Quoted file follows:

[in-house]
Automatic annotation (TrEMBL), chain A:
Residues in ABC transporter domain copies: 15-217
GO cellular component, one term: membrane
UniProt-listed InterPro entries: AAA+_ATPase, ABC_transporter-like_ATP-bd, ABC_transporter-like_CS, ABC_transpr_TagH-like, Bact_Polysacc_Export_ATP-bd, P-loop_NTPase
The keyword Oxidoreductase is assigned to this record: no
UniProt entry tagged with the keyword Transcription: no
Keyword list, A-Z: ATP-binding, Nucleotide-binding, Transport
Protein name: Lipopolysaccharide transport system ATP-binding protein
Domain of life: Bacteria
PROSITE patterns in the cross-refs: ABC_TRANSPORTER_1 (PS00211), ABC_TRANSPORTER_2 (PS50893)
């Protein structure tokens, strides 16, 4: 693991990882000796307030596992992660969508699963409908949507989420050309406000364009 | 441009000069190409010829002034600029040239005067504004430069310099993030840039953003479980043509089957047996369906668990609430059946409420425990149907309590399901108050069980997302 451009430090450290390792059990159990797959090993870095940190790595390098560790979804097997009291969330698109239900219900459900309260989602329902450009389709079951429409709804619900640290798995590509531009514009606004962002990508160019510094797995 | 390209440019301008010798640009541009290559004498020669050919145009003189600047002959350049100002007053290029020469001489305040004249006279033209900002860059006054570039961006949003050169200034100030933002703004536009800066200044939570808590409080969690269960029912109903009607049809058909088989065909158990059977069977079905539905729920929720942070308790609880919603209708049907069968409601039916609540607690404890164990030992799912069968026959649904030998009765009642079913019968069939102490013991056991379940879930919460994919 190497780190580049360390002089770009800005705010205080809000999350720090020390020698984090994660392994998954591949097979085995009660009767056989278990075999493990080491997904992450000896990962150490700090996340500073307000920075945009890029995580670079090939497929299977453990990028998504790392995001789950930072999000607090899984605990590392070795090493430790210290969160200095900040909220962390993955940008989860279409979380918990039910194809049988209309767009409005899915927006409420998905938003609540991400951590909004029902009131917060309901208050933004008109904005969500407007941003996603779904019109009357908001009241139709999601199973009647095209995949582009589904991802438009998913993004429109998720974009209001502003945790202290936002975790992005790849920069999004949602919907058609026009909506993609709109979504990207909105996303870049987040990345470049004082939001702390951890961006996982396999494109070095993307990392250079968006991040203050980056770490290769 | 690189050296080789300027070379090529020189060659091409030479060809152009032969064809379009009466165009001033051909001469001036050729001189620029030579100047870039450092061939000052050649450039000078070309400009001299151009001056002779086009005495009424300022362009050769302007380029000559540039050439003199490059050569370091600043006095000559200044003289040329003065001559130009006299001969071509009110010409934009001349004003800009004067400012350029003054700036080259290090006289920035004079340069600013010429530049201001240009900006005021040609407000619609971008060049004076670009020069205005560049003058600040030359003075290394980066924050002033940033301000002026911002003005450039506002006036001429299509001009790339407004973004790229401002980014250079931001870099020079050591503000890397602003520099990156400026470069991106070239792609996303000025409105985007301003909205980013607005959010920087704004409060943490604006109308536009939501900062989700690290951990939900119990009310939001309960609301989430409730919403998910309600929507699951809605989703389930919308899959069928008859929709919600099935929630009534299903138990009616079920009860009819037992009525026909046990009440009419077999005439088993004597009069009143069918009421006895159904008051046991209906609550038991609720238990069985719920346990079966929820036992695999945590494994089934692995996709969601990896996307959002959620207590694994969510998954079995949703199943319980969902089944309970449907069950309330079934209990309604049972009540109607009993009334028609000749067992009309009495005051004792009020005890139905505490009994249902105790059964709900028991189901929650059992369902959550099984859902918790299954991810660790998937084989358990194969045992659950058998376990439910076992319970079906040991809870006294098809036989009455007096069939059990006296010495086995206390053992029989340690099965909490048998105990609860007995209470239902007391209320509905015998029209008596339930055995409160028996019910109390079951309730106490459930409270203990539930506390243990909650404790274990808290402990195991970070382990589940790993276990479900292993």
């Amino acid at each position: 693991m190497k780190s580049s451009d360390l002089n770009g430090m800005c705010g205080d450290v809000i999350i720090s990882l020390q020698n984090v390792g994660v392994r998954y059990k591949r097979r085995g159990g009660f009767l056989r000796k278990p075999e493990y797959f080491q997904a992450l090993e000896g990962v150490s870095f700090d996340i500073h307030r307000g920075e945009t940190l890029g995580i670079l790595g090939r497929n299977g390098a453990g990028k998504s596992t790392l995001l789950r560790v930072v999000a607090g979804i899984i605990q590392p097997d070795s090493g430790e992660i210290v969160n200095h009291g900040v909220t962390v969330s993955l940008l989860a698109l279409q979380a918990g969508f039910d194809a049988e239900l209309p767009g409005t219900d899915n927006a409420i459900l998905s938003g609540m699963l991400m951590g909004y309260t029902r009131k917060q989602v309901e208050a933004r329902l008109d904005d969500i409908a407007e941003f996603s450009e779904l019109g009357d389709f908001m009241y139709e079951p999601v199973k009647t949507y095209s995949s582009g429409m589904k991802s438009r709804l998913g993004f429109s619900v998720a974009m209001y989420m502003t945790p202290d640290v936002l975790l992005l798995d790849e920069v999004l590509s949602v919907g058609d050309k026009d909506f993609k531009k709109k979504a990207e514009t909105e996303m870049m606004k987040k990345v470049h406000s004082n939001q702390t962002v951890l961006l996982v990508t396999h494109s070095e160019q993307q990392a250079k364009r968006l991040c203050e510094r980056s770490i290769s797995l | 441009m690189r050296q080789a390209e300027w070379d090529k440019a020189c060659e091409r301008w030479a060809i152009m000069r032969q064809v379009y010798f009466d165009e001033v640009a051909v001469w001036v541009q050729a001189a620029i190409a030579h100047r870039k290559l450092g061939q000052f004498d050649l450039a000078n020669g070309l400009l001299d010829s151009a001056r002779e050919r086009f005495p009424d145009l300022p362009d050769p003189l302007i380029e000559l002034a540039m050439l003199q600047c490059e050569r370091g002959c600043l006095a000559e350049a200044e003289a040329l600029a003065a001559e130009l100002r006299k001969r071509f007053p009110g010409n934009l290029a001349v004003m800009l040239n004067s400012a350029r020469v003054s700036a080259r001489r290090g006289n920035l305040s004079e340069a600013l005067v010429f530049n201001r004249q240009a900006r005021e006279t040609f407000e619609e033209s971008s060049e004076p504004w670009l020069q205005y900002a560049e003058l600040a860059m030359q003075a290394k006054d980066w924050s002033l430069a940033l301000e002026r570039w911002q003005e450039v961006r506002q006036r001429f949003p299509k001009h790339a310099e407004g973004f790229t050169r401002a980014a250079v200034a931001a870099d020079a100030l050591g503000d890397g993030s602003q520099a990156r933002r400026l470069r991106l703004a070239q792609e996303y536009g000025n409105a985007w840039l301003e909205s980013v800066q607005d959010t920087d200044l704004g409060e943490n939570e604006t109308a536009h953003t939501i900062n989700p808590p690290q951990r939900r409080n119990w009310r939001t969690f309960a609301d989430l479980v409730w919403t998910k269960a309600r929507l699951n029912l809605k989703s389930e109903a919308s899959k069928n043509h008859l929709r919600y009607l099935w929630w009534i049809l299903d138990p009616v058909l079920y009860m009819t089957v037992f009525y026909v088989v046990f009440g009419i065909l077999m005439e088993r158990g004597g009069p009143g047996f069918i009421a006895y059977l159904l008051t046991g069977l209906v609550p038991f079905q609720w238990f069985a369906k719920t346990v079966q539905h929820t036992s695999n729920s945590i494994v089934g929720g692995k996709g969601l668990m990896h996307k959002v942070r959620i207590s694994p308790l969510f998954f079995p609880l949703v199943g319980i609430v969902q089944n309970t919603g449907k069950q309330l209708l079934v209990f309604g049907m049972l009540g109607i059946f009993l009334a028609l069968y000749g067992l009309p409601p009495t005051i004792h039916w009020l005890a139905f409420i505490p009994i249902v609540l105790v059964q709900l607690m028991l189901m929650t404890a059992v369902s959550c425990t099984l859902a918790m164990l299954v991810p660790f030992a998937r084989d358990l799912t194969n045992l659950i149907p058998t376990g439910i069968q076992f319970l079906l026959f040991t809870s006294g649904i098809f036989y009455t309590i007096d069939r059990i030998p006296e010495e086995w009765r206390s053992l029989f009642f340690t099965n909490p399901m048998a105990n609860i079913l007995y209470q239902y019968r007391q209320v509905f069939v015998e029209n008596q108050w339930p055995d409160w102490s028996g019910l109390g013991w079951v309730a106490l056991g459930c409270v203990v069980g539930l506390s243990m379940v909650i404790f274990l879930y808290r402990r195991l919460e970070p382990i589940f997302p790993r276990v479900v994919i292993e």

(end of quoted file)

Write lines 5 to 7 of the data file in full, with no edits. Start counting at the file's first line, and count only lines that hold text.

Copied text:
UniProt-listed InterPro entries: AAA+_ATPase, ABC_transporter-like_ATP-bd, ABC_transporter-like_CS, ABC_transpr_TagH-like, Bact_Polysacc_Export_ATP-bd, P-loop_NTPase
The keyword Oxidoreductase is assigned to this record: no
UniProt entry tagged with the keyword Transcription: no